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Testing the Spirits
How Theology Informs the Study of Congregations
POD; Published: 2/5/2009
ISBN: 978-0-8028-0740-3
Price: $ 25.50
215 Pages
Trim Size, in inches: 6 x 9
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In this volume seven scholars provide a helpful map for charting a number of the shifts at the intersection of theological education and congregational development, offering readers keen insights into how to navigate their complexities. Theological educators, seminary students, pastors, and denominational officials and staff will find in these pages substantive biblical and theological perspectives that help to frame specific approaches to moral deliberation and decision-making within congregations -- and through congregations for the sake of the world.

Contributors: Ronald W. Duty
Pat Taylor Ellison
David Fredrickson
Donald Juel
Patrick Keifert
Lois Malcolm
Gary Simpson
Allan Hugh Cole Jr., Austin Presbyterian Theological Seminary
"This unique volume points to the essential relationship and shared mission of theological schools and local congregations. In complementary ways, these discerning authors recognize that attempts at theological education absent a clear focus on actual people in real churches can lack relevance, but also that congregational ministries absent deep biblical and theological reflection can lack fidelity to the gospel. Theological educators, judicatory leaders, clergy, and theological students alike should read this timely and challenging book."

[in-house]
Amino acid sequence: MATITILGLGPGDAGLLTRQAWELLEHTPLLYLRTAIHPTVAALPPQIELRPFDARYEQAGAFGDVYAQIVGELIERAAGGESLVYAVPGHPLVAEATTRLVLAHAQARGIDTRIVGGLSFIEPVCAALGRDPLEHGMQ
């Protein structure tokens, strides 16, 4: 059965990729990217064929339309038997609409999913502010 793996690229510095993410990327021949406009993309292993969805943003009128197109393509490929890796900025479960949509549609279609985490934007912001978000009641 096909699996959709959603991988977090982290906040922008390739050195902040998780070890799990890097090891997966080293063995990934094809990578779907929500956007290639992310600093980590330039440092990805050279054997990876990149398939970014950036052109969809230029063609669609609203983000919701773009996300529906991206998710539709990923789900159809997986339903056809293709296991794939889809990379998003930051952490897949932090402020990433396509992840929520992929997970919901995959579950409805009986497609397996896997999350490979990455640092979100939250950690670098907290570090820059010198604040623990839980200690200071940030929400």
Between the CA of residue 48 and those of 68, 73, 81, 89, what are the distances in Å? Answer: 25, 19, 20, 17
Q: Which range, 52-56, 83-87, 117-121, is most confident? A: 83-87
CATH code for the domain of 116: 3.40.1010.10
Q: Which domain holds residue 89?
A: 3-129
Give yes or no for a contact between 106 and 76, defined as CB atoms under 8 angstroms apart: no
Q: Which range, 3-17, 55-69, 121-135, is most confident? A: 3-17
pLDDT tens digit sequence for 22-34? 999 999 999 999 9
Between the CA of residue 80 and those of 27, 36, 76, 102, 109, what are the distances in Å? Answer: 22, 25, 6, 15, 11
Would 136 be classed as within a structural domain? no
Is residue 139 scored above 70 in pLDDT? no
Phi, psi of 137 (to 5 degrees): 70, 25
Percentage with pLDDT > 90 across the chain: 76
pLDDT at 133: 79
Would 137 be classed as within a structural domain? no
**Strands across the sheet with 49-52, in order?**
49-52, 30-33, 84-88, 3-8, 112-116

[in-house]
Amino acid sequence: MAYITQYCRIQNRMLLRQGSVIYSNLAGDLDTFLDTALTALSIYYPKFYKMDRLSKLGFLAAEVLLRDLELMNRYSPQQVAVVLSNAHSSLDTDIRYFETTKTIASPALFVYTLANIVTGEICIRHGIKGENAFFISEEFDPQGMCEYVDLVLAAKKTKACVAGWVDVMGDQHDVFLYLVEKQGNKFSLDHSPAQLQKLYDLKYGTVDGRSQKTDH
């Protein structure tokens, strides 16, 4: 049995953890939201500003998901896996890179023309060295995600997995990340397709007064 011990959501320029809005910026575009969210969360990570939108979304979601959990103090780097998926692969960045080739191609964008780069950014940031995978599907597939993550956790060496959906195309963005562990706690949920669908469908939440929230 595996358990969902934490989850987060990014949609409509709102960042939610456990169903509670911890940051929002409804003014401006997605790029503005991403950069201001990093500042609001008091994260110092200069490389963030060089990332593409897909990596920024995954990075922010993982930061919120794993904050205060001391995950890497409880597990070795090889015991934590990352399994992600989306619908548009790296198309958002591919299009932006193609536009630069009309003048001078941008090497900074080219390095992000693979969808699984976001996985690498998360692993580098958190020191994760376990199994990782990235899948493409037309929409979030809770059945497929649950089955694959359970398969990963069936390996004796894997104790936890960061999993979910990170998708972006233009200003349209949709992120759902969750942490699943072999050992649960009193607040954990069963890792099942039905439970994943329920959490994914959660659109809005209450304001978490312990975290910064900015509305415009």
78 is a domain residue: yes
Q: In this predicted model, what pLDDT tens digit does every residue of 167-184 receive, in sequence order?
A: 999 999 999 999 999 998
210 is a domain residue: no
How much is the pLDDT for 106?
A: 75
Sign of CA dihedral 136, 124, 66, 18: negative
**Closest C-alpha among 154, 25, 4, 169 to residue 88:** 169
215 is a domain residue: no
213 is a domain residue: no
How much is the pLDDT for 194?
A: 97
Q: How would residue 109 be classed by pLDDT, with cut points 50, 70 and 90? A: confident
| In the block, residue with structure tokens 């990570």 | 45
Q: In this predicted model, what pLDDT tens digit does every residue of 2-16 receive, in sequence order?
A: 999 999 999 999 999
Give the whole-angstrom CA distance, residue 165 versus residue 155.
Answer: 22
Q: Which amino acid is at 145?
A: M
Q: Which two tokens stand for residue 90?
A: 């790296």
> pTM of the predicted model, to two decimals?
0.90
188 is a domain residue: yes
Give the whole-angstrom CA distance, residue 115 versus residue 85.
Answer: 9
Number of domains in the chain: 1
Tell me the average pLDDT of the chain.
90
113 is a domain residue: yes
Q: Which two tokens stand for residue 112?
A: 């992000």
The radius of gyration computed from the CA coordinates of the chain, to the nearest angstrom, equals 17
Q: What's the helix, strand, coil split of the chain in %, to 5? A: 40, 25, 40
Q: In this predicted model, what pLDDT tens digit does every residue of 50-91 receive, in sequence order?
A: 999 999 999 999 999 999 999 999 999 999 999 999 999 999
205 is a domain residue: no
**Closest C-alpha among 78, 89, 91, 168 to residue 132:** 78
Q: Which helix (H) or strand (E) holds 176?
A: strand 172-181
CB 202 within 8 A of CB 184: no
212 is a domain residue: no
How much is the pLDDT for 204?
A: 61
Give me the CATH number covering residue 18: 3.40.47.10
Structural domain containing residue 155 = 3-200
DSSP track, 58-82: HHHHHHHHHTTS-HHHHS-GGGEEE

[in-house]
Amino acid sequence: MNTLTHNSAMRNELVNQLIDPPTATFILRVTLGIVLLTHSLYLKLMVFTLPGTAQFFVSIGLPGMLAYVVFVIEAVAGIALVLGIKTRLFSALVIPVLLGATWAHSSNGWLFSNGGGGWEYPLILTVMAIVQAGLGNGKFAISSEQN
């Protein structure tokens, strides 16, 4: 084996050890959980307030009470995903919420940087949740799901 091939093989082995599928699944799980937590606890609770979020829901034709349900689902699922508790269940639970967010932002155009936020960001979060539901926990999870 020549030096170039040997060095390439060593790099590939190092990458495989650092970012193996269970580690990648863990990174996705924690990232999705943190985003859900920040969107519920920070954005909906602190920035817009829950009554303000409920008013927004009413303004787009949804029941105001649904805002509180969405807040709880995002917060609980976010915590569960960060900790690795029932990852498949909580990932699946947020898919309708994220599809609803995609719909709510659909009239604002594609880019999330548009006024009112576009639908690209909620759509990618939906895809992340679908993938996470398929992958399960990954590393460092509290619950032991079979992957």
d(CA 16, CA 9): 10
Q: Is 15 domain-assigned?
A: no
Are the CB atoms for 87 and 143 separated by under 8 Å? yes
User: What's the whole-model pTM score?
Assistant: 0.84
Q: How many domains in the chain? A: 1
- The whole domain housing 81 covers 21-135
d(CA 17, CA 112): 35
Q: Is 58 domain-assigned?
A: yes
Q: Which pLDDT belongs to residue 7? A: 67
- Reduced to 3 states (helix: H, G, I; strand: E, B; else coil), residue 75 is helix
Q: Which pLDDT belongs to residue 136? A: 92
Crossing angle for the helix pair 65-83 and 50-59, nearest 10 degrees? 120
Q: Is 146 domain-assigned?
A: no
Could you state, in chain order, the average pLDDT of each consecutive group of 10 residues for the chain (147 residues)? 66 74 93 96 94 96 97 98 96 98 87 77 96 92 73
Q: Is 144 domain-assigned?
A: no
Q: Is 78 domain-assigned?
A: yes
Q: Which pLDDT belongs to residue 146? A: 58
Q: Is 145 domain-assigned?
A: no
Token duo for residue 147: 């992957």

Jackson W. Carroll, Duke Divinity School
"An interesting and provocative work. Rather than viewing congregations as mostly passive recipients of the largesse of seminaries where 'real' theology is done, Patrick Keifert and his colleagues view congregations as communities of faith-based moral deliberation and action that play a key role in generating theology. Doing so, they maintain, will return the congregation to the center of theological study."
George R. Hunsberger, Western Theological Seminary
"The fledgling field of congregational studies has needed this kind of rigorous attention to the theological dimensions of its task. What I like about this book is that it honors congregations as the agents of theologizing, it enriches the theological academy with deeper roots in the actual life of congregations, and it opens fresh imagination for the ways believing people may learn again to speak about God in public."